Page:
Tuesday, August 2, 2005

Long, busy day. But a good one, as I’m apt to append.

Work was pleasantly busy. I was prepared for grim battle with a document that required much less change than I’d originally thought, so by the end of the day I’d updated half of it. Since I’d thought the document would take me at least the rest of the week, that felt good.

I also bought the first disc of the anime series Kodocha, and listened to the dub. It’s a notoriously difficult dub; the Sana-chan (the protagonist) has huge lines delivered at a pace rivalling that of the Matchbox Car Guy from years back. It takes all the actors a few episodes, but by the end of the disc, they’re doing a good job with their voices. I was pleased.

Tonight was also a meeting of my writer’s group, where I received final comments about one of my stories (which I can now clean up and send off to publishers, yay!). I thoroughly enjoyed myself as we discussed various stories and caught up. I also gave the group copies of my notes for a modern fantasy novel.

Which brings up something I should mention.

Last night, I was utterly unable to go to sleep. This was partly due to readingthe first two-fifths of Ricardo Semler’s Maverick; more on that later. But as I stared at the ceiling, I came to a realization.

For the past month or so, I’ve set aside an hour every night to write. This has been excellent writing exercise, but as I lay in bed I realized that my writing has prevented me from accomplishing important, day-to-day tasks like, oh say, mowing the lawn. Moreover, I’m laying the foundations of two novels now, the Young Adult Novel and the Modern Fantasy Novel. So I have all this time to write novels that I haven’t plotted out yet.

So I’ve decided to cut back on writing for the next month or two. I’ll spend a bit of time each week outlining and brainstorming the two novels, plus writing more of the VR story to stay ahead. But I think this makes a lot more sense than just forging ahead because I’ve decided to set aside that an hour a day for writing. By early to mid September, I should have a solid foundation for each novel, so I can knock together walls and a ceiling in no time.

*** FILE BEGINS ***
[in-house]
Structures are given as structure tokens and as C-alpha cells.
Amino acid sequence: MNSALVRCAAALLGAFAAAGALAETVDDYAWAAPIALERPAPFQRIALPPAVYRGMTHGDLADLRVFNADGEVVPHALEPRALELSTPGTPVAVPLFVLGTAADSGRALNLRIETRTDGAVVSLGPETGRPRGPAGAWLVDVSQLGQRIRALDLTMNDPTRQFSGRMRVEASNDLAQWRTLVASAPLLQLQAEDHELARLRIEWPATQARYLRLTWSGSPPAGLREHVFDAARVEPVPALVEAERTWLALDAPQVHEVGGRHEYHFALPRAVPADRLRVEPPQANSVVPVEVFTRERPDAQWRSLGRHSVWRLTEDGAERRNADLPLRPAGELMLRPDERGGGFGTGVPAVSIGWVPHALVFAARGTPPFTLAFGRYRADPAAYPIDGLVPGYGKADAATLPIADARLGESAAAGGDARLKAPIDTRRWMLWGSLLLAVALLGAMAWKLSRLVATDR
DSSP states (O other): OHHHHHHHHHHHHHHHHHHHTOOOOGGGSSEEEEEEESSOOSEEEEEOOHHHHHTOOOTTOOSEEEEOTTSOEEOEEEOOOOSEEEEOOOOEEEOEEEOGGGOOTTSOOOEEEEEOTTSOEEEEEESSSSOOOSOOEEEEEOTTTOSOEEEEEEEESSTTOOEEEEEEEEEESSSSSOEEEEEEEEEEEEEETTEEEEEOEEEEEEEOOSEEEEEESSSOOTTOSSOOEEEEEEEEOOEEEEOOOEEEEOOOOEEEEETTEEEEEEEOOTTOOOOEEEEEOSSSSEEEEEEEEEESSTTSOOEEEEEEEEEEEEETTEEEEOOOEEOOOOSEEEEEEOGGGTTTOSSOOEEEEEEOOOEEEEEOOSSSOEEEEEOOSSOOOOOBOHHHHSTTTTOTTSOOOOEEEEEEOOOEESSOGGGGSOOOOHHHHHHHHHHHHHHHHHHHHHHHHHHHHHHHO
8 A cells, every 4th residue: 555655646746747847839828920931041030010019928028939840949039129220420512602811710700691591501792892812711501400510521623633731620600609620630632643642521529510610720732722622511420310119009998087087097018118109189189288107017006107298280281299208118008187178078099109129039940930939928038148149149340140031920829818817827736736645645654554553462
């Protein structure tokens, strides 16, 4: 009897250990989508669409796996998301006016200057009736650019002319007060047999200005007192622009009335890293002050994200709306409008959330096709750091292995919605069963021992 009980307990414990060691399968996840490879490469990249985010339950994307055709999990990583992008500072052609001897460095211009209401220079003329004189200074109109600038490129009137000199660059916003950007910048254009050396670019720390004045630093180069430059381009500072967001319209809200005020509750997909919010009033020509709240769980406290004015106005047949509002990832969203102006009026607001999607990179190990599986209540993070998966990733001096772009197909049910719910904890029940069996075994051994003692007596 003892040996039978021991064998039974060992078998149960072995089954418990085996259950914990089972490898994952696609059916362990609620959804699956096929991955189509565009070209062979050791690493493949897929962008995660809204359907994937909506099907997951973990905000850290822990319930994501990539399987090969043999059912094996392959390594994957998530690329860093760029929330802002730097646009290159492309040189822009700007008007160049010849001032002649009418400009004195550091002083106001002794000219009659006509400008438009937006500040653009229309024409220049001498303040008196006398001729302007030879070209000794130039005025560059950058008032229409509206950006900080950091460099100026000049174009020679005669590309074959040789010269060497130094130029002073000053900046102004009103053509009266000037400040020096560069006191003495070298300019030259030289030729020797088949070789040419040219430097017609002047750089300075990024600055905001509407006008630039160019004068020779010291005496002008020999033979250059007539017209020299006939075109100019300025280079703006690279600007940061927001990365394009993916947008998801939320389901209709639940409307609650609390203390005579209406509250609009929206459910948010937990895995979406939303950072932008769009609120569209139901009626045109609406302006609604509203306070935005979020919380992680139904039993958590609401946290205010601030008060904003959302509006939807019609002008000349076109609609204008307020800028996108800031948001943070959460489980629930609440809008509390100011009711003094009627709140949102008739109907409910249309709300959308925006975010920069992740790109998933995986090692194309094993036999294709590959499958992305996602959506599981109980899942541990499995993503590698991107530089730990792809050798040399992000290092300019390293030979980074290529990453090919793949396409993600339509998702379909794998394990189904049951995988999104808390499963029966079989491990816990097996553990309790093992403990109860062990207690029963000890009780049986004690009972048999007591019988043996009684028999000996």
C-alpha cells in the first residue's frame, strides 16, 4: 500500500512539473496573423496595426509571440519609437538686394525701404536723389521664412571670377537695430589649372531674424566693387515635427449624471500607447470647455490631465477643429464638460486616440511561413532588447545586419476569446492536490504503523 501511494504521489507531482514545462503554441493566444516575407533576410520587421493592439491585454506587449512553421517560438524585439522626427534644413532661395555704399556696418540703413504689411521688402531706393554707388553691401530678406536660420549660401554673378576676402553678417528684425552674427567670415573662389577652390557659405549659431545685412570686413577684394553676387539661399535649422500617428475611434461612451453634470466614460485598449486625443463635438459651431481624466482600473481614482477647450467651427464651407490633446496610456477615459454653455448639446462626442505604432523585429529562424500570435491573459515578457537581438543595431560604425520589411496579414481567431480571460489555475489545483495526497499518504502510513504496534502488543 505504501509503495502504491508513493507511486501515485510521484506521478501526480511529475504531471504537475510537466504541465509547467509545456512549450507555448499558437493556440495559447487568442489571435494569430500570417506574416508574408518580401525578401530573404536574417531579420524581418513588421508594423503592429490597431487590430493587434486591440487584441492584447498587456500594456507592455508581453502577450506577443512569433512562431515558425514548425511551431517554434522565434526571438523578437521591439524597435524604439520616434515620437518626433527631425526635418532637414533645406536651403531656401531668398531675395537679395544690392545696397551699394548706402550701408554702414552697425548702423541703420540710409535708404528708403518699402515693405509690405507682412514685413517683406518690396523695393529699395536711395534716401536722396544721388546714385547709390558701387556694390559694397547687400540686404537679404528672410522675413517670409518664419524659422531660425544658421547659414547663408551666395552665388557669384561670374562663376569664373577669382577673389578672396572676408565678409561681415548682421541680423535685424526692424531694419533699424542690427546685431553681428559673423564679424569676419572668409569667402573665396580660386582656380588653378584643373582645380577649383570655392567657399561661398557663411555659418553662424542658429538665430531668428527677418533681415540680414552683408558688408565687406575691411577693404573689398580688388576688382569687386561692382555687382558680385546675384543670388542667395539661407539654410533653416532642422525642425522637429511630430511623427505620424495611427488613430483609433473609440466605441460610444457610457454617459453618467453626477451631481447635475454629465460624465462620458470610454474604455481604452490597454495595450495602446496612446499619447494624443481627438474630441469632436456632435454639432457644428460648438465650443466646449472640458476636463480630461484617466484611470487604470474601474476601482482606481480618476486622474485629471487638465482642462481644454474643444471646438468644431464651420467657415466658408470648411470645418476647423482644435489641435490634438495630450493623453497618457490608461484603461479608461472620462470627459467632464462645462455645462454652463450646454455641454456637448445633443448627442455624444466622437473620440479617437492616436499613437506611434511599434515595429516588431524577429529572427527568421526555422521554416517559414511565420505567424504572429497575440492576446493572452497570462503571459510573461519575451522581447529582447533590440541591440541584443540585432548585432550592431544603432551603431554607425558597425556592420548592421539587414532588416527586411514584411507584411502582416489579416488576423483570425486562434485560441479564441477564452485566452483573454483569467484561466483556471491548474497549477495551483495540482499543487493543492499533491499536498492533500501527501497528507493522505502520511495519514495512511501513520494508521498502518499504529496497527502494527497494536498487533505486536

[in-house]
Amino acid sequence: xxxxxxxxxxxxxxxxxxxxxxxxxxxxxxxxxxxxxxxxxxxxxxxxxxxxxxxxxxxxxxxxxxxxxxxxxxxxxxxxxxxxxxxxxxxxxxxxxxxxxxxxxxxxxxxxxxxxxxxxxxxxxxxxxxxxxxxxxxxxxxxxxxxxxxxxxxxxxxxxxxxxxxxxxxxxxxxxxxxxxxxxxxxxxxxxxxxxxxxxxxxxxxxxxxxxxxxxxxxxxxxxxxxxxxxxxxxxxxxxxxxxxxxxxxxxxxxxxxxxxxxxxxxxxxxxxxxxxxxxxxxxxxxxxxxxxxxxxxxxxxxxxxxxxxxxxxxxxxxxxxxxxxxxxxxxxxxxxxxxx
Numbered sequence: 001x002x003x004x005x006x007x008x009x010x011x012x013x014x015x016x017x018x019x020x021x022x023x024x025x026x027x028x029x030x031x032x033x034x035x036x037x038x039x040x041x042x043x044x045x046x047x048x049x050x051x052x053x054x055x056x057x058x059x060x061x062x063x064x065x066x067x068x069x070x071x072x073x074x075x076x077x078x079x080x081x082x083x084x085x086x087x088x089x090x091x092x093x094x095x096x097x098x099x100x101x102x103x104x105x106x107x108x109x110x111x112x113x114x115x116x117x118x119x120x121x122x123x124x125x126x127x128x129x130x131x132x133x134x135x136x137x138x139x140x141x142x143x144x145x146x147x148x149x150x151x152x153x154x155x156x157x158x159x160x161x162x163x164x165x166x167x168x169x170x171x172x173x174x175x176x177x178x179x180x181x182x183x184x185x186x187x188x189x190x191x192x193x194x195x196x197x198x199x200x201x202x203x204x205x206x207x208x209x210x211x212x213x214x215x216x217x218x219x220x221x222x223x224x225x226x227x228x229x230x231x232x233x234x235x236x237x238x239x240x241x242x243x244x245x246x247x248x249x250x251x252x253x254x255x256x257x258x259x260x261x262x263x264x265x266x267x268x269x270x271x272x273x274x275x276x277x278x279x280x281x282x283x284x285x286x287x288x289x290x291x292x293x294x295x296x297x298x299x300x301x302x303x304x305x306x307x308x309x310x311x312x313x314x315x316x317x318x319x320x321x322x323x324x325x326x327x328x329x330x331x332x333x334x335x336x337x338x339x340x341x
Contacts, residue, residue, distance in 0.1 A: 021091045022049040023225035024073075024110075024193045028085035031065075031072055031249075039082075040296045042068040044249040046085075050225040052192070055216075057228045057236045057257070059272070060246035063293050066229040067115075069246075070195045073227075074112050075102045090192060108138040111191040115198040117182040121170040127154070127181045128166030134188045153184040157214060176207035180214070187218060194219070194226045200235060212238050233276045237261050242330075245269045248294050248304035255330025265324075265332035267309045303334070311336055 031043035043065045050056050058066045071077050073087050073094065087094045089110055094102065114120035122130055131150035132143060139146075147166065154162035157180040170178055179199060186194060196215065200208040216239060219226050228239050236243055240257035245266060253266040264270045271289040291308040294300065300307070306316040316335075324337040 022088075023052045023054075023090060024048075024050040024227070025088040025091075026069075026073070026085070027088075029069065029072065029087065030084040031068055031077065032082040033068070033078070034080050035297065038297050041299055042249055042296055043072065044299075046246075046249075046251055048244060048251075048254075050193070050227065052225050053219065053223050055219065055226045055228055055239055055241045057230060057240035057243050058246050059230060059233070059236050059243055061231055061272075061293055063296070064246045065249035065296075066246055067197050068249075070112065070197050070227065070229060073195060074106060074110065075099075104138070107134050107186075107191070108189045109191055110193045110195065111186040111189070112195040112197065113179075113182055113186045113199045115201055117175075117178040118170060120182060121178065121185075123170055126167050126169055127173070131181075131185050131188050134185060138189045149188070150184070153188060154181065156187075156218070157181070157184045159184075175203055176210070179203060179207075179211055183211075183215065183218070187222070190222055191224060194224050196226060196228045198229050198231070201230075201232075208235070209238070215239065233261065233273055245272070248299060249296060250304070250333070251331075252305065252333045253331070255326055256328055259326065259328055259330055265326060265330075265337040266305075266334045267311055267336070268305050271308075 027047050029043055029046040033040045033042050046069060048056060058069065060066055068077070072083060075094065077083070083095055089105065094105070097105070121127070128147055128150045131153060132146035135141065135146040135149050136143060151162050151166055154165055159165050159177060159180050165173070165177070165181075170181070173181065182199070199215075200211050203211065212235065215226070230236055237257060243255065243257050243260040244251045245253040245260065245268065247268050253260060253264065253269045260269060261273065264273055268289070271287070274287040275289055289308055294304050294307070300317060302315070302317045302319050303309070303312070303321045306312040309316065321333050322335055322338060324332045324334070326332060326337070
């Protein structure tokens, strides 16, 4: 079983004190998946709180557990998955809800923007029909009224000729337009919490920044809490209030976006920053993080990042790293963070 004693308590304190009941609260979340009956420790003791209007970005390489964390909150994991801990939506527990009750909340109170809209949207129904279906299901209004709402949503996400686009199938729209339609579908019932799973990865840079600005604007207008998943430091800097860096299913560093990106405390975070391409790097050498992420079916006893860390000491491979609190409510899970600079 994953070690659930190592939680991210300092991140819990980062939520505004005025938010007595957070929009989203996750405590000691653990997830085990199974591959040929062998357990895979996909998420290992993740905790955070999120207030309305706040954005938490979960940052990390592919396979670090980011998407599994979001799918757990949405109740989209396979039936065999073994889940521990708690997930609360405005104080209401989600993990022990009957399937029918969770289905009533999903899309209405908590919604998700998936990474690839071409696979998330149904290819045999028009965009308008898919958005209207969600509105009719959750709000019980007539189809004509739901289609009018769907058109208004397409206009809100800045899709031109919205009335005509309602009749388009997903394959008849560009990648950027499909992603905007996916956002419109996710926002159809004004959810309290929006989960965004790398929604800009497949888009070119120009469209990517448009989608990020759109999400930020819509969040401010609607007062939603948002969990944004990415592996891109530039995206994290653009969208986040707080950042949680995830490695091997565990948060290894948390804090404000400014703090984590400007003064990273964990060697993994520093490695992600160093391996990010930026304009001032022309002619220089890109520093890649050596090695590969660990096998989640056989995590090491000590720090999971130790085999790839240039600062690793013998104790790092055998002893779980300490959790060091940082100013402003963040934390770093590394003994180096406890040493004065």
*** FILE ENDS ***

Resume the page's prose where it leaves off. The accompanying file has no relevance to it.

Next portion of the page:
About Maverick: it’s essentially Semler’s memoir about the history of Semco, a company he inherited from his father. Ricardo didn’t much like the top-down, command-and-control culture, so he began applying democratic principles to the organization: what if, instead of managers deciding on a pension plan, employees could vote for the plan they’d prefer? What if profits were distributed to business units, and they were given complete freedom to share those profits as they wished? What if, every time somebody needed authorization for something, they asked a committe of their peers instead of a boss?

Some things have worked, and some haven’t. Most of them have worked swimmingly. Not only do people stay at Semco, it’s an amazingly profitable business in an extremely difficult business environment (Brazil from the early 1980’s).

Fascinating, and it’s made me think a lot about companies in America. Why are American corporations run like a Soviet economy? It’s a command-and-control organization with a large bureaucracy, in which the lowest level generates the real wealth but that wealth is distributed mainly among the people at the top, most of whom blunder around with Five Year Plans and vague assurances to the public. Heck, there’s even a Secret Cabal in the Board of Directors.

Why not apply democratic principles to the business world? Who’s to say it’s doomed to failure?

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